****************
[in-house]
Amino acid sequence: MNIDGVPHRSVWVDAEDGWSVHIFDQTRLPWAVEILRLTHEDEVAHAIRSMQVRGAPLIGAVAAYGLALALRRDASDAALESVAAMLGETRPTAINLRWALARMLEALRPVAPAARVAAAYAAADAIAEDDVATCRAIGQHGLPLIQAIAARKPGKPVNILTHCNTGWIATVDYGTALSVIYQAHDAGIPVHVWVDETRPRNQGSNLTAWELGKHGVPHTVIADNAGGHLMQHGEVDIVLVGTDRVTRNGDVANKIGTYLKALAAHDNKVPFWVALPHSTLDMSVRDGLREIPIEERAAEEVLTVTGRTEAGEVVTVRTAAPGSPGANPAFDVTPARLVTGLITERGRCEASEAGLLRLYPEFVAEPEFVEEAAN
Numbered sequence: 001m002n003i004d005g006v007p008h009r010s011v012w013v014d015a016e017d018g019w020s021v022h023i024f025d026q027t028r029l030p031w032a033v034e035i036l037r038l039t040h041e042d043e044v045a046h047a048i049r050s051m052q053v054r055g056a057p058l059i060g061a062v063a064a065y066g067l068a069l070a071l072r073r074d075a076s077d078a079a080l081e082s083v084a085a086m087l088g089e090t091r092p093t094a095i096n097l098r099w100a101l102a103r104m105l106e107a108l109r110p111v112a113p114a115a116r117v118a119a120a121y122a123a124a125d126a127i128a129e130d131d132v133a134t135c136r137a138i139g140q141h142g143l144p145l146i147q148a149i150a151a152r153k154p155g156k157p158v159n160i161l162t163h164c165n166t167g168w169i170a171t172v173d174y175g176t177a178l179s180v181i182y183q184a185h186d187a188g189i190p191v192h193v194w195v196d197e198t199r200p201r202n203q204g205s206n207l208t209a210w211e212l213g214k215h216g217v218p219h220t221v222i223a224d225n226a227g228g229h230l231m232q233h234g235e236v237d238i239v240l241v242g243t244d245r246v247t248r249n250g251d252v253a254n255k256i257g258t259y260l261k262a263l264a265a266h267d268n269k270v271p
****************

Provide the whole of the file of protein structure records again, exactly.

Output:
[in-house]
Amino acid sequence: MNIDGVPHRSVWVDAEDGWSVHIFDQTRLPWAVEILRLTHEDEVAHAIRSMQVRGAPLIGAVAAYGLALALRRDASDAALESVAAMLGETRPTAINLRWALARMLEALRPVAPAARVAAAYAAADAIAEDDVATCRAIGQHGLPLIQAIAARKPGKPVNILTHCNTGWIATVDYGTALSVIYQAHDAGIPVHVWVDETRPRNQGSNLTAWELGKHGVPHTVIADNAGGHLMQHGEVDIVLVGTDRVTRNGDVANKIGTYLKALAAHDNKVPFWVALPHSTLDMSVRDGLREIPIEERAAEEVLTVTGRTEAGEVVTVRTAAPGSPGANPAFDVTPARLVTGLITERGRCEASEAGLLRLYPEFVAEPEFVEEAAN
Numbered sequence: 001m002n003i004d005g006v007p008h009r010s011v012w013v014d015a016e017d018g019w020s021v022h023i024f025d026q027t028r029l030p031w032a033v034e035i036l037r038l039t040h041e042d043e044v045a046h047a048i049r050s051m052q053v054r055g056a057p058l059i060g061a062v063a064a065y066g067l068a069l070a071l072r073r074d075a076s077d078a079a080l081e082s083v084a085a086m087l088g089e090t091r092p093t094a095i096n097l098r099w100a101l102a103r104m105l106e107a108l109r110p111v112a113p114a115a116r117v118a119a120a121y122a123a124a125d126a127i128a129e130d131d132v133a134t135c136r137a138i139g140q141h142g143l144p145l146i147q148a149i150a151a152r153k154p155g156k157p158v159n160i161l162t163h164c165n166t167g168w169i170a171t172v173d174y175g176t177a178l179s180v181i182y183q184a185h186d187a188g189i190p191v192h193v194w195v196d197e198t199r200p201r202n203q204g205s206n207l208t209a210w211e212l213g214k215h216g217v218p219h220t221v222i223a224d225n226a227g228g229h230l231m232q233h234g235e236v237d238i239v240l241v242g243t244d245r246v247t248r249n250g251d252v253a254n255k256i257g258t259y260l261k262a263l264a265a266h267d268n269k270v271p